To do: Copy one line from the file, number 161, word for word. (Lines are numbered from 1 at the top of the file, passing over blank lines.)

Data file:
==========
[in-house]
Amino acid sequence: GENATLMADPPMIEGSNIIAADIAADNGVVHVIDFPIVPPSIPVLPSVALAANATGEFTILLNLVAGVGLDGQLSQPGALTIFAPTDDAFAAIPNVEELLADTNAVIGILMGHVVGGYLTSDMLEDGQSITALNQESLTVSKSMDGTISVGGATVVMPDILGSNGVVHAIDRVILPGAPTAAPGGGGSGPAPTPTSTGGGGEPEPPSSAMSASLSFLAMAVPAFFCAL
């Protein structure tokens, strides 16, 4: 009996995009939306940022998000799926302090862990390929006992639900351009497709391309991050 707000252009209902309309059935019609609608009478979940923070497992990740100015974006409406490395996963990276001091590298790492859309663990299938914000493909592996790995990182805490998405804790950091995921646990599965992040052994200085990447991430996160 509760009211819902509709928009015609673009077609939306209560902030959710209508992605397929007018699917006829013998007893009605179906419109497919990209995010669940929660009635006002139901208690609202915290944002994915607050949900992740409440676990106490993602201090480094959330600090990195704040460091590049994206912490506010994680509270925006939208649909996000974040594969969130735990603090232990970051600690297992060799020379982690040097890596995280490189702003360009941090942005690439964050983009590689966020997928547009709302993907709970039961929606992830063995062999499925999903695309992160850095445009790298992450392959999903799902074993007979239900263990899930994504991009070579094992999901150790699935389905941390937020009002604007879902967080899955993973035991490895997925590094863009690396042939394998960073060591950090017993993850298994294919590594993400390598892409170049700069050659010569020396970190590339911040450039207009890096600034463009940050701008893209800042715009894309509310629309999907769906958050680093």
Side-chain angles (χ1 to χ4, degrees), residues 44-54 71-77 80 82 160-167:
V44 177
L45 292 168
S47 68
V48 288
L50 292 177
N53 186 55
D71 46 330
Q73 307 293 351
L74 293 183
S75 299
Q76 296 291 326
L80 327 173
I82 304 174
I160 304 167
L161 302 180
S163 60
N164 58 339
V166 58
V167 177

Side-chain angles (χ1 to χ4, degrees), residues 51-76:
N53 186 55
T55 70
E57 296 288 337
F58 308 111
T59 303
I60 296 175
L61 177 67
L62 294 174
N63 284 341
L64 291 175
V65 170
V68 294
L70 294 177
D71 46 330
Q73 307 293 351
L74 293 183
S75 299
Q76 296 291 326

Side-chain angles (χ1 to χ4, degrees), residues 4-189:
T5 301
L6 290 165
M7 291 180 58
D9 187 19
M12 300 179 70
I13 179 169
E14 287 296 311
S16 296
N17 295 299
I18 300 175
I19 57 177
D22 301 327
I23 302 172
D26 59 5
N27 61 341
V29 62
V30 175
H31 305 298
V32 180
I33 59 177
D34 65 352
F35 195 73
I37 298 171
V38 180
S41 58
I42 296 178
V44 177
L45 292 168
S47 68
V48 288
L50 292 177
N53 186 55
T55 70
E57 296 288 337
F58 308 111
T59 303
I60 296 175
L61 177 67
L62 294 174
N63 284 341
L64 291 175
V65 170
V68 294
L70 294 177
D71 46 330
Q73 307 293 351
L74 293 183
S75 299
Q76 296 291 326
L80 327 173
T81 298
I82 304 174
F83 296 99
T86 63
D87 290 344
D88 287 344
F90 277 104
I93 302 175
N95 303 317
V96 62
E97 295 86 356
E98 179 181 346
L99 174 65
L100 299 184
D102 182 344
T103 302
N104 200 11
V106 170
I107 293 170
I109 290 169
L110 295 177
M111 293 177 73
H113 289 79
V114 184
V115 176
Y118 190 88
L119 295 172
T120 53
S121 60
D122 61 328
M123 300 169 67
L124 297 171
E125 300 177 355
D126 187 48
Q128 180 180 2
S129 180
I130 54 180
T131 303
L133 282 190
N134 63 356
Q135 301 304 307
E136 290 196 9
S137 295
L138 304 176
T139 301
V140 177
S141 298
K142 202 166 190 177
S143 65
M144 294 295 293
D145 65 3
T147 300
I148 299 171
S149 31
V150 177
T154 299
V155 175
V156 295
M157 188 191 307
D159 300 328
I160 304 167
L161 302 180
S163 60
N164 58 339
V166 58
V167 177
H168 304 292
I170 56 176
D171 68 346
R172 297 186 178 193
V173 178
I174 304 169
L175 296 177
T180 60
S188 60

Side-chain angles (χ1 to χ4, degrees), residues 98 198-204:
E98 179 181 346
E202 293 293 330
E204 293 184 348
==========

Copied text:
I170 56 176